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Discrete_Maths_2002_Lecture_37_3_slides_pp

# Discrete_Maths_2002_Lecture_37_3_slides_pp

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06/30/2012

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Lecture 37, 22-October-20021
Discrete Mathematics 2002
1
Introduction
\u2022 Last lecture \u2013 we looked at public key encryption
\u2022 In public key encryption there are 2 types of keys
\u2013aprivate key & apublic key
\u2022 The private key is kept by the receiver

\u2022 The public key is announced by the receiver to
anyone who wants it (e.g. the sender of the
message \u2013 or anyone else!)

\u2022 Thus there are no security issues associated with
the distribution of keys
\u2022 When A wants to send a message to B, A
encrypts the message using B\u2019s public key
\u2022 B decrypts the message using their private key
2
The RSA Algorithm
\u2022 The most common public key encryption

method in use today is the RSA algorithm
\u2022 In RSA, keys are generated as follows:
1. A key centre (which generates & distributes

keys) chooses 2 distinct large prime nosp &q,
and multiplies them:n =pq
2. Thenp \u2013 1 &q \u2013 1 are multiplied:
m= (p\u2013 1)(q\u2013 1)
3. A numberx is chosen so thatx &m are coprime
4. Then the centre computes an integery so that
xy= 1 mod m
5. The participant gets the nosx &n as their
public key, &y &n as their private key
3
Sending a Message with RSA
\u2022 Once a participant has their public & private
keys, they receive a message as follows:

1. The sender converts the message to bits, breaks
it into substrings of the same length, then each
substring (which is an integera that must be

\u2264n) is encrypted using C= axmodn.
Cis the ciphertext \u2013 note the formula uses the
receiver\u2019s public key, which is freely available.
2. The receiver then deciphersC back to a
plaintext characterP byP =Cymodn.
This formula requires knowledge of the private
key, which is known only to the receiver.
Lecture 37, 22-October-20022
Discrete Mathematics 2002
4
Example of Sending a Message
with RSA

\u2022 Last lecture \u2013 we showed that a valid pair of keys for RSA isx = 3 &n = 33 (public key), andy = 7 &n = 33 (private key)

\u2022 Note that the numbers used in this example are
muchsmaller than they would be if we were
encrypting information in a practical situation
\u2022 Example: Use the above keys to encrypt the
messageg (i.e. 7), & show the correct message
is recovered after decryption
5
Why does the RSA Method Work?

\u2022 The theoretical basis that ensures the RSA
method always works comes from an area of
mathematics known as number theory (which is
the study of properties of integers)

\u2022 Note that the process we described for
generating keys has to be followed closely

\u2022 For example, we stated that it was necessary to
them to obtain the numbern that appears in both
the public and private keys:n =pq

6
RSA with non-Prime Starting Nos
\u2022 What happens ifp &q arenot both prime?
\u2022 Suppose we generate keys withp = 3 &q = 8
(note thatq isnot prime)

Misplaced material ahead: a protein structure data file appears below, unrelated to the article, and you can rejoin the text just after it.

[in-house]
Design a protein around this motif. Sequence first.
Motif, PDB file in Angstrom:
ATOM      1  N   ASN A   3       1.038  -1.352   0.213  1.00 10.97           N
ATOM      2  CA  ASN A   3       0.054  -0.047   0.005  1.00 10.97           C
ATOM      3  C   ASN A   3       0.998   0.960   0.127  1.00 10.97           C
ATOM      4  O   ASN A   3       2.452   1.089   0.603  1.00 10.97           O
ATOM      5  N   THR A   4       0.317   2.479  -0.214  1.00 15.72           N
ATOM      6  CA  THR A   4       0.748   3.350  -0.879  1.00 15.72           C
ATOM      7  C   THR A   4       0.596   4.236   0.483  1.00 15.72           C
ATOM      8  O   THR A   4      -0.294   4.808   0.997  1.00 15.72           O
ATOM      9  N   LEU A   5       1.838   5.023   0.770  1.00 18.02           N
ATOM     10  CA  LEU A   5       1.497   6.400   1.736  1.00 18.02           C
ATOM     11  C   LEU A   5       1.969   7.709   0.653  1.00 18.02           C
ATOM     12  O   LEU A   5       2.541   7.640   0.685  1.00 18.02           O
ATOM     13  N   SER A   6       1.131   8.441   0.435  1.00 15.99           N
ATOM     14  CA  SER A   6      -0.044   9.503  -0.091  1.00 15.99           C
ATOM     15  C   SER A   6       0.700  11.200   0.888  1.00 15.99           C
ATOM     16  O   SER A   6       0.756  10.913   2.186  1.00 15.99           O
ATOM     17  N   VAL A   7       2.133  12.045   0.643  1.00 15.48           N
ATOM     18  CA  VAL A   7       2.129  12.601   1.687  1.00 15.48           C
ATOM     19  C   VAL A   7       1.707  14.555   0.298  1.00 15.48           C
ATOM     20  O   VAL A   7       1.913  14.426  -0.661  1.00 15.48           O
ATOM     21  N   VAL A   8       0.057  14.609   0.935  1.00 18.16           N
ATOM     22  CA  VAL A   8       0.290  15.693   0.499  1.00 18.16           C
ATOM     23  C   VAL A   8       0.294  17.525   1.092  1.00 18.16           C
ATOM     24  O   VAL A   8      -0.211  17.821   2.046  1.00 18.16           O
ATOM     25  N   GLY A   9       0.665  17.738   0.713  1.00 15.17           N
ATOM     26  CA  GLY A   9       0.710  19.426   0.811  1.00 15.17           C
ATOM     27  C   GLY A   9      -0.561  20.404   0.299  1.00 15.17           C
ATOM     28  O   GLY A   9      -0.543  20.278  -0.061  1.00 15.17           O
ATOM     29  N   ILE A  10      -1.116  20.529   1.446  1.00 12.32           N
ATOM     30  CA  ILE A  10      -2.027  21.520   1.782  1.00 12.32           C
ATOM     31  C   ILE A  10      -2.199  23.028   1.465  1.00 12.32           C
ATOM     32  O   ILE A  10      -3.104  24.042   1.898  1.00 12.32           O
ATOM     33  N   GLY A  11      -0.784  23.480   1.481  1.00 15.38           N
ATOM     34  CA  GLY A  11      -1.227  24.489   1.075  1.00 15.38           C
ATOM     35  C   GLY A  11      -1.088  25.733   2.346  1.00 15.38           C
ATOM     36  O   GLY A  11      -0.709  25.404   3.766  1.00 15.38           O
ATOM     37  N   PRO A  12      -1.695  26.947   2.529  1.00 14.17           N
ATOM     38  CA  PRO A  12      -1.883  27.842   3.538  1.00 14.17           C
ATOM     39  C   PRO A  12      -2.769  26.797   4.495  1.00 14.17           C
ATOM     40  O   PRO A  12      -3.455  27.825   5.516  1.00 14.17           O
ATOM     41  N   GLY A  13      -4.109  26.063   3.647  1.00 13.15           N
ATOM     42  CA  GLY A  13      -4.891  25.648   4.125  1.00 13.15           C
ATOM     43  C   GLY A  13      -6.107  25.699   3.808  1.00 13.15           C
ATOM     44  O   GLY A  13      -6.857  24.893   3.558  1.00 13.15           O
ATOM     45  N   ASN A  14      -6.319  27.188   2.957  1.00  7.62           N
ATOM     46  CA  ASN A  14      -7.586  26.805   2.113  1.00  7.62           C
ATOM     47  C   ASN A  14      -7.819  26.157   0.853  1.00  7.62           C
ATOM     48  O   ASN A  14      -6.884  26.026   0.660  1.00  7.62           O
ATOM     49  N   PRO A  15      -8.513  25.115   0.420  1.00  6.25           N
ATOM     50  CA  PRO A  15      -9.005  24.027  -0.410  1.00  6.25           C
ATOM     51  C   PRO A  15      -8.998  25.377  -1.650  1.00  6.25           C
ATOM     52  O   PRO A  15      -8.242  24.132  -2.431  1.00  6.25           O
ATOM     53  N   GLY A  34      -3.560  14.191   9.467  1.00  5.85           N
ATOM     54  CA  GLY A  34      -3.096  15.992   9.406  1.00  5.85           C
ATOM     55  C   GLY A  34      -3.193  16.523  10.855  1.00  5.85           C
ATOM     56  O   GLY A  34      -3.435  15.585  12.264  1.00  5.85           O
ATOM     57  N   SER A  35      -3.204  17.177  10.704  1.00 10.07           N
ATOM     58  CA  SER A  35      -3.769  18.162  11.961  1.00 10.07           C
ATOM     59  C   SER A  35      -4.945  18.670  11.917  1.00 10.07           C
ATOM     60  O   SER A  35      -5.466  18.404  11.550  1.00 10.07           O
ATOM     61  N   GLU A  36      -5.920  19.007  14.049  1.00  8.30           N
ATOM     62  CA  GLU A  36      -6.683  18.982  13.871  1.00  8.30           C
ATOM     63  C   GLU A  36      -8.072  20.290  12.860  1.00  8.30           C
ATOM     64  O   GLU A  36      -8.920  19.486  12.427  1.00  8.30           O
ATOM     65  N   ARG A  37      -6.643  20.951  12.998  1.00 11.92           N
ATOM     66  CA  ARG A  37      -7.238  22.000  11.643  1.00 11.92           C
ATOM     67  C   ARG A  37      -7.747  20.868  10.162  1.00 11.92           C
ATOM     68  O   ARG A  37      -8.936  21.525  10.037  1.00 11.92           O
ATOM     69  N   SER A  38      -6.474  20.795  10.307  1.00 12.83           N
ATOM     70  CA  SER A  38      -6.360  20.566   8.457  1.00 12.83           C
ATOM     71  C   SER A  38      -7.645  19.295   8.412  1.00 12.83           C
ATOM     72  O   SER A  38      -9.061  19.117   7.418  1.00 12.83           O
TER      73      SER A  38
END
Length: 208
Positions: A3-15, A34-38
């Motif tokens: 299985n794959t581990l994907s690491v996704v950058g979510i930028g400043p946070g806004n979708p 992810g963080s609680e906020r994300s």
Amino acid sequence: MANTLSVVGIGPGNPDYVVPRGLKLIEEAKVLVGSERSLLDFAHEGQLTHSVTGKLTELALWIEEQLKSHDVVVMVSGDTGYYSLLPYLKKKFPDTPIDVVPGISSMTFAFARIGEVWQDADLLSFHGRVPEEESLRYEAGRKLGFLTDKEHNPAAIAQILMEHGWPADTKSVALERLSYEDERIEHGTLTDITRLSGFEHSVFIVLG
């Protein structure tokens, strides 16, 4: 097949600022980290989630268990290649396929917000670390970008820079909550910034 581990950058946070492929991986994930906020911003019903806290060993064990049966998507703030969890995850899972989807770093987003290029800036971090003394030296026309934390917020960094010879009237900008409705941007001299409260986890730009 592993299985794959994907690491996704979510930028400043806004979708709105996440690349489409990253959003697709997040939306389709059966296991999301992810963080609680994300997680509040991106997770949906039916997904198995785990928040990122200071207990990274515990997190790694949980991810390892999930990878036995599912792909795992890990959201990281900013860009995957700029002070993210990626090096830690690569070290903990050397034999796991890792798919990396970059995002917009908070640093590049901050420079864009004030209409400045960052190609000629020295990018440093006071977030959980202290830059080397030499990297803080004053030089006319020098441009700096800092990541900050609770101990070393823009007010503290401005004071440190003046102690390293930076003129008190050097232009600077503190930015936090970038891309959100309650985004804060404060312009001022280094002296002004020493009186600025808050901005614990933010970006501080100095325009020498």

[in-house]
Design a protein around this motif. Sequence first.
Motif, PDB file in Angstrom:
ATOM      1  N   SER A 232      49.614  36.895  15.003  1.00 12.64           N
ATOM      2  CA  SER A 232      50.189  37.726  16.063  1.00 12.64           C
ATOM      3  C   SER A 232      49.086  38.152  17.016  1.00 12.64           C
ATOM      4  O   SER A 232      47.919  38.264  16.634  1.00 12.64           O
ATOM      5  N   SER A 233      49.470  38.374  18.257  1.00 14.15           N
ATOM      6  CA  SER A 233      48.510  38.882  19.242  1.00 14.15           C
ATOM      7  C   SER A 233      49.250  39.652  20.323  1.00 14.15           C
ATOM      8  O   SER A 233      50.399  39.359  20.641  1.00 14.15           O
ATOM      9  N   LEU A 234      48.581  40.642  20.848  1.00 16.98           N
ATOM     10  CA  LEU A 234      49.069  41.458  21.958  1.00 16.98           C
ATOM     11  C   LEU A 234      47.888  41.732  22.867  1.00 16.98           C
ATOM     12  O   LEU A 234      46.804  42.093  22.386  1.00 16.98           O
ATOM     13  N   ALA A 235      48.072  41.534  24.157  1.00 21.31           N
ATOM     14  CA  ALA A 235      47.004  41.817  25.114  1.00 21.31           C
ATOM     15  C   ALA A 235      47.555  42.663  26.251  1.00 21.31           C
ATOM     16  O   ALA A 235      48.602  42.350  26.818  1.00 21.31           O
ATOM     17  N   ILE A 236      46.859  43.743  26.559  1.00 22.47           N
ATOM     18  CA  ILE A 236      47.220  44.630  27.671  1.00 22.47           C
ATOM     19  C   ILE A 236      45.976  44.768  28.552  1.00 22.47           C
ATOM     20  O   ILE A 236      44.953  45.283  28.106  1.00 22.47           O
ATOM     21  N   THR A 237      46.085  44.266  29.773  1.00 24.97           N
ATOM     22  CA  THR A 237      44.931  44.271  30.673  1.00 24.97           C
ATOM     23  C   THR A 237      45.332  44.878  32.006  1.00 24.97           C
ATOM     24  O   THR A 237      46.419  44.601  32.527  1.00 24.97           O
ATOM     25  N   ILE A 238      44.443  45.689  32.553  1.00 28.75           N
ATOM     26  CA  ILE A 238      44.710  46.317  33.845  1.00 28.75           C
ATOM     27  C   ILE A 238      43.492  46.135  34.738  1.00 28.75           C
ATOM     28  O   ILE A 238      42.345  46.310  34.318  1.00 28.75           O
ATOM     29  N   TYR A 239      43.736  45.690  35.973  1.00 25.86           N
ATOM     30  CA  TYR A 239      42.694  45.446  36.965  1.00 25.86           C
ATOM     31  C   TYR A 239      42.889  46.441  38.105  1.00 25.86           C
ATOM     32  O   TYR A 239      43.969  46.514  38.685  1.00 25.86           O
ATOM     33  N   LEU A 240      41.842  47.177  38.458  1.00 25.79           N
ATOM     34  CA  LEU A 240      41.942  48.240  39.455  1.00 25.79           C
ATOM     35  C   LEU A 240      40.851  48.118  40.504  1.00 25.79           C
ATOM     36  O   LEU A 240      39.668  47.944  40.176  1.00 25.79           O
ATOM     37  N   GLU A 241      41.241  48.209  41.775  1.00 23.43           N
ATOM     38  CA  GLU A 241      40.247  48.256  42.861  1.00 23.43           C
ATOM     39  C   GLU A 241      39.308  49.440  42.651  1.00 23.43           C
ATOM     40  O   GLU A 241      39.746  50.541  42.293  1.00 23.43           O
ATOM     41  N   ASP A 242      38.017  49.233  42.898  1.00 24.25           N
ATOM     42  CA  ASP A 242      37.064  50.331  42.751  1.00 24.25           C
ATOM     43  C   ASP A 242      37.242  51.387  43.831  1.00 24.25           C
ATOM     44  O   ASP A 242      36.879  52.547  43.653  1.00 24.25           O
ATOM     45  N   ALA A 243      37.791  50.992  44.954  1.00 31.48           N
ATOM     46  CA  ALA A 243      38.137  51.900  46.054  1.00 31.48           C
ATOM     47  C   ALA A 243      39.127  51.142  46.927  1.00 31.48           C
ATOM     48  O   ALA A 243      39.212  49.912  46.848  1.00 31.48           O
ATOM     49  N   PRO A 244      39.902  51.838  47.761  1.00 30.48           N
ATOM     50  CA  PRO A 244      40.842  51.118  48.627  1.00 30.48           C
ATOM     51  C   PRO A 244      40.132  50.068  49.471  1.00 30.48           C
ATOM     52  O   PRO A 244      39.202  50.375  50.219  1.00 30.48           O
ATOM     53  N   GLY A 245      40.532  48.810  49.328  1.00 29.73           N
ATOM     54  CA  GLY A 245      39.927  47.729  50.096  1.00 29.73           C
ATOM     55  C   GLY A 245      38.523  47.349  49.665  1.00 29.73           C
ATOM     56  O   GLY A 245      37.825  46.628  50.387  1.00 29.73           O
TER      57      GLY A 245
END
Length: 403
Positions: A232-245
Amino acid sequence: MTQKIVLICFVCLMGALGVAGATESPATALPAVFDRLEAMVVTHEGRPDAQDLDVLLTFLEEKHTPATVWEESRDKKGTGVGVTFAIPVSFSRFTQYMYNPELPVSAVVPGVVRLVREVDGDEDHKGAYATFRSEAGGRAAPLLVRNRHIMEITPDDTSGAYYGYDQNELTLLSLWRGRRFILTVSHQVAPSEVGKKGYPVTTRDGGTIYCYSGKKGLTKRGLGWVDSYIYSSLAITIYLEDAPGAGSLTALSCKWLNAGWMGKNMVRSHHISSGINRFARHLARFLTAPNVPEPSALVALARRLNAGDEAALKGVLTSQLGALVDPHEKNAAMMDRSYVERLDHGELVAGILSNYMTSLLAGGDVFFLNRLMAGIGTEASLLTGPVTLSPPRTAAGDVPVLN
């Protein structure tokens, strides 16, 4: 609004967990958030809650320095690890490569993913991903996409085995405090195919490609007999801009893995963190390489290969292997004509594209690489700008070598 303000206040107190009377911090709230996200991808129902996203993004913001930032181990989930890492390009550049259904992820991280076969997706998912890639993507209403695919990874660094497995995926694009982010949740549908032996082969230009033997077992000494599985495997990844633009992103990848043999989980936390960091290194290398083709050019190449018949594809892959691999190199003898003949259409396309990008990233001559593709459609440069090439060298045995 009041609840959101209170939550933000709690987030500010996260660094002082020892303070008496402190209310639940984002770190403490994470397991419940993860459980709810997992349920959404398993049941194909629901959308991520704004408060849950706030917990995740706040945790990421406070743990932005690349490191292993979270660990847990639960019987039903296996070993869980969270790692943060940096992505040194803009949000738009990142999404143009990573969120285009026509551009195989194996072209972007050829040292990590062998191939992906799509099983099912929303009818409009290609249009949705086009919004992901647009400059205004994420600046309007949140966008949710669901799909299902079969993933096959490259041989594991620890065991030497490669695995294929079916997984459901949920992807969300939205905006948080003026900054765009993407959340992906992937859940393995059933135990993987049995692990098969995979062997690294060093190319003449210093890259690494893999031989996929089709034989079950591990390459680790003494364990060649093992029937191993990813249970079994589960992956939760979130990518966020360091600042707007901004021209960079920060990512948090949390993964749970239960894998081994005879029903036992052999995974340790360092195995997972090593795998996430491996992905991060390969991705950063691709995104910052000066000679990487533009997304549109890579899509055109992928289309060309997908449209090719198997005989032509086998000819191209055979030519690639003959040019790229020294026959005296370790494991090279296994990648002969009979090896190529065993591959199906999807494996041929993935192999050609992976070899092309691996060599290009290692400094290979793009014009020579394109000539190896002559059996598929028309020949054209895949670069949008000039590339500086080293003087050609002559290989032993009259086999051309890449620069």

\u2022 Thenx = 3 &n = 24 (public), andy = 5 &n = 24
(private) are suitable keys
\u2022 If the message is the number 3, it is recovered by

the receiver as the number 3 (as we\u2019d expect)
\u2022 However, the message 2 is recovered as 8
\u2022 Similarly, the message 6 is recovered as 0
\u2022 So the RSA method doesn\u2019t necessarily work

with non-prime values ofp &q
Lecture 37, 22-October-20023
Discrete Mathematics 2002
7
Message Security with RSA

\u2022 A message sent using RSA can be deciphered by
an intruder if they are able to determine (e.g.
guess) the numbery in the private key

\u2022 In the earlier example,y was 7, and this would
be guessed easily with a trial-and-error approach

\u2022 In practice, though, very large nos are used forx
&y (at least tens of digits), so a trial-and-error
approach to findingy would take months or
years, even with the fastest available computers

\u2022 So an intruder isvery unlikely to guessy
8
Message Security with RSA (cont)

\u2022 The other way to break the cipher (other than by stealingy) is to find the original prime nosp &q on which the public & private keys were based

\u2022 Sincen =pq, and the value ofn is publically
available (in the public key), the cipher will be
broken if we can factorn into constituent primes

\u2022 While this may sound fairly easy, it is actually
very difficult to find the factors of large nos (and
it is suggestedn has at least 200 decimal digits)

\u2022 To illustrate this difficulty, the RSA Security Co.
offers prizes of \$10,000 to \$200,000 (US) for
factoring certain nos, of length 174 to 617 digits

9
Become Rich by Factoring Numbers

\u2022 For example, you can earn \$10,000 by factoring 188198812920607963838697239461650439807 163563379417382700763356422988859715234 665485319060606504743045317388011303396 716199692321205734031879550656996221305 168759307650257059

\u2022 The company offers these prizes to \u201cencourage
research into computational number theory and
the practical difficulty of factoring large integers\u201d

\u2022 Given the magnitude of the prizes, it is clearly no easy task to factor large nos, even with the latest computers

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